In a meeting with government officials carried on state television, Mr Abadi promised to allocate funds for water and electricity and create jobs in Basra, once dubbed the Venice of the Middle East for its network of canals.

ROUTE TO TITLE

Round 1: Beat Leolia Jeanjean 6-1, 6-2
Round 2: Beat Naomi Osaka 7-6, 1-6, 7-5
Round 3: Beat Marie Bouzkova 6-4, 6-2
Round 4: Beat Anastasia Potapova 6-0, 6-0
Quarter-final: Beat Marketa Vondrousova 6-0, 6-2
Semi-final: Beat Coco Gauff 6-2, 6-4
Final: Beat Jasmine Paolini 6-2, 6-2

The End of Loneliness
Benedict Wells
Translated from the German by Charlotte Collins
Sceptre

 

 

Kathryn Hawkes of House of Hawkes on being a good guest (because we’ve all had bad ones)

  • Arrive with a thank you gift, or make sure you have one for your host by the time you leave. 
  • Offer to buy groceries, cook them a meal or take your hosts out for dinner.
  • Help out around the house.
  • Entertain yourself so that your hosts don’t feel that they constantly need to.
  • Leave no trace of your stay – if you’ve borrowed a book, return it to where you found it.
  • Offer to strip the bed before you go.
RESULTS

 

Catchweight 63.5kg: Shakriyor Juraev (UZB) beat Bahez Khoshnaw (IRQ). Round 3 TKO (body kick)

Lightweight: Nart Abida (JOR) beat Moussa Salih (MAR). Round 1 by rear naked choke

Catchweight 79kg: Laid Zerhouni (ALG) beat Ahmed Saeb (IRQ). Round 1 TKO (punches)

Catchweight 58kg: Omar Al Hussaini (UAE) beat Mohamed Sahabdeen (SLA) Round 1 rear naked choke

Flyweight: Lina Fayyad (JOR) beat Sophia Haddouche (ALG) Round 2 TKO (ground and pound)

Catchweight 80kg: Badreddine Diani (MAR) beat Sofiane Aïssaoui (ALG) Round 2 TKO

Flyweight: Sabriye Sengul (TUR) beat Mona Ftouhi (TUN). Unanimous decision

Middleweight: Kher Khalifa Eshoushan (LIB) beat Essa Basem (JOR). Round 1 rear naked choke

Heavyweight: Mohamed Jumaa (SUD) beat Hassen Rahat (MAR). Round 1 TKO (ground and pound)

Lightweight: Abdullah Mohammad Ali Musalim (UAE beat Omar Emad (EGY). Round 1 triangle choke

Catchweight 62kg: Ali Taleb (IRQ) beat Mohamed El Mesbahi (MAR). Round 2 KO

Catchweight 88kg: Mohamad Osseili (LEB) beat Samir Zaidi (COM). Unanimous decision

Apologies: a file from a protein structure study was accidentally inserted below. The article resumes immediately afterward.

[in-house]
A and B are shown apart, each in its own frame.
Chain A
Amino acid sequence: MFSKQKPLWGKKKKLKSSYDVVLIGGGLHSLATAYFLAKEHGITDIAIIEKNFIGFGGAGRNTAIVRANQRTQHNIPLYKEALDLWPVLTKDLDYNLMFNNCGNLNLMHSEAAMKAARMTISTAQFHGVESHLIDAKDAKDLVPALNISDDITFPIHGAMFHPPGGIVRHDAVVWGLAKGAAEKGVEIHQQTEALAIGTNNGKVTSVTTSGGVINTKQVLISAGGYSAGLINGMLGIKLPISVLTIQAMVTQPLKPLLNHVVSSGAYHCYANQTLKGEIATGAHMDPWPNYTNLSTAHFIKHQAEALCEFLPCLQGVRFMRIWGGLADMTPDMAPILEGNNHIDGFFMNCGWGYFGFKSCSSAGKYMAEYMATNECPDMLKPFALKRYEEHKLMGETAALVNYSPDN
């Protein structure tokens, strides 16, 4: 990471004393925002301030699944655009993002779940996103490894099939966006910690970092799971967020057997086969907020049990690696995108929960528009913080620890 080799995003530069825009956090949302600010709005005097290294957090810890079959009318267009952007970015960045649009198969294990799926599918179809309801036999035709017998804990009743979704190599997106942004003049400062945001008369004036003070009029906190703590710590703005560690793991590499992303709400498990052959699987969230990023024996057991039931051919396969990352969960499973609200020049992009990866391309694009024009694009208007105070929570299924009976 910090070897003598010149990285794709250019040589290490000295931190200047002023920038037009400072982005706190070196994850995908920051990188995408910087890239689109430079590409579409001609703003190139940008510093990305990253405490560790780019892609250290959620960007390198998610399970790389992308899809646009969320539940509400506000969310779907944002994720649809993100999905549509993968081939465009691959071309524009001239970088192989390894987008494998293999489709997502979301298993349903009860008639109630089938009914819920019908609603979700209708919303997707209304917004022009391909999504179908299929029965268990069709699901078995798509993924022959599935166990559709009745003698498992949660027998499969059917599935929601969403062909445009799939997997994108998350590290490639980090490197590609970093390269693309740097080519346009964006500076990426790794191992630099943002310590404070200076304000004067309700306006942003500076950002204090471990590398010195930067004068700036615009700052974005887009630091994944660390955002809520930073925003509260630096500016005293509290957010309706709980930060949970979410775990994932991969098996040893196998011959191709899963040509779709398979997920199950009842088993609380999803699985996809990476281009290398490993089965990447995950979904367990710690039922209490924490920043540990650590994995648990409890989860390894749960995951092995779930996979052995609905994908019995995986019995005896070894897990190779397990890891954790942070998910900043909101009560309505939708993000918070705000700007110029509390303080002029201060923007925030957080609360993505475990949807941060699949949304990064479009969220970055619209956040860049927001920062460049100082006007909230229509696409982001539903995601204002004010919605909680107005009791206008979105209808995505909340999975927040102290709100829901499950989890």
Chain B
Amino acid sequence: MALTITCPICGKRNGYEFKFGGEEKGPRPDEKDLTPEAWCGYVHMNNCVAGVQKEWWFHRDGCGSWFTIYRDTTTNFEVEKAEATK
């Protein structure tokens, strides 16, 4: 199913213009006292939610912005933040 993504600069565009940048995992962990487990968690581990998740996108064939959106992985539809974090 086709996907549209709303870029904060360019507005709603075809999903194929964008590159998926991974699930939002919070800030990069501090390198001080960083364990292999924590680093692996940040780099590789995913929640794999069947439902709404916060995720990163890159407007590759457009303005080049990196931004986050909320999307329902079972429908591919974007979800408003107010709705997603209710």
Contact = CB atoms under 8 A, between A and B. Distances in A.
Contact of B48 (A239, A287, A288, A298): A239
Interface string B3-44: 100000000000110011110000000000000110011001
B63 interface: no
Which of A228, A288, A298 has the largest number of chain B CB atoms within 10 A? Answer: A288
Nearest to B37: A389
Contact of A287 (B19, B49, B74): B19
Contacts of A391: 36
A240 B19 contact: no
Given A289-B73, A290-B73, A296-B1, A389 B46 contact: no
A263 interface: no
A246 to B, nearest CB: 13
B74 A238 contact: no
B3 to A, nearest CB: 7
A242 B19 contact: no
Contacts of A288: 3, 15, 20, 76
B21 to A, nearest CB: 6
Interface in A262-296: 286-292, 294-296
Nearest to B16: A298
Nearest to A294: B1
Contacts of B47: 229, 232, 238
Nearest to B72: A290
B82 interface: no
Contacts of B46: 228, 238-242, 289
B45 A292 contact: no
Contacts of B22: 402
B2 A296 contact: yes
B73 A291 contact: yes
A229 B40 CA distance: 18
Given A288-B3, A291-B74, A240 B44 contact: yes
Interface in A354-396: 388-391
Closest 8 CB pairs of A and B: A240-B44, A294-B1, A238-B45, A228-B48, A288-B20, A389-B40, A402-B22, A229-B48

Temple numbers

Expected completion: 2022

Height: 24 meters

Ground floor banquet hall: 370 square metres to accommodate about 750 people

Ground floor multipurpose hall: 92 square metres for up to 200 people

First floor main Prayer Hall: 465 square metres to hold 1,500 people at a time

First floor terrace areas: 2,30 square metres  

Temple will be spread over 6,900 square metres

Structure includes two basements, ground and first floor 

KINGDOM OF THE PLANET OF THE APES

Director: Wes Ball

Starring: Owen Teague, Freya Allen, Kevin Durand

Rating: 3.5/5

MATCH INFO

CAF Champions League semi-finals first-leg fixtures

Tuesday:

Primeiro Agosto (ANG) v Esperance (TUN) (8pm UAE)
Al Ahly (EGY) v Entente Setif (ALG) (11PM)

Second legs:

October 23

Name: Peter Dicce

Title: Assistant dean of students and director of athletics

Favourite sport: soccer

Favourite team: Bayern Munich

Favourite player: Franz Beckenbauer

Favourite activity in Abu Dhabi: scuba diving in the Northern Emirates 

 

'Manmarziyaan' (Colour Yellow Productions, Phantom Films)
Director: Anurag Kashyap​​​​​​​
Cast: Abhishek Bachchan, Taapsee Pannu, Vicky Kaushal​​​​​​​
Rating: 3.5/5

The Roundup : No Way Out

Director: Lee Sang-yong
Stars: Don Lee, Lee Jun-hyuk, Munetaka Aoki
Rating: 3/5

Babumoshai Bandookbaaz

Director: Kushan Nandy

Starring: Nawazuddin Siddiqui, Bidita Bag, Jatin Goswami

Three stars

MATCH INFO

What: Brazil v South Korea
When: Tonight, 5.30pm
Where: Mohamed bin Zayed Stadium, Abu Dhabi
Tickets: www.ticketmaster.ae

COMPANY PROFILE

Name: Haltia.ai
Started: 2023
Co-founders: Arto Bendiken and Talal Thabet
Based: Dubai, UAE
Industry: AI
Number of employees: 41
Funding: About $1.7 million
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The years Ramadan fell in May

1987

1954

1921

1888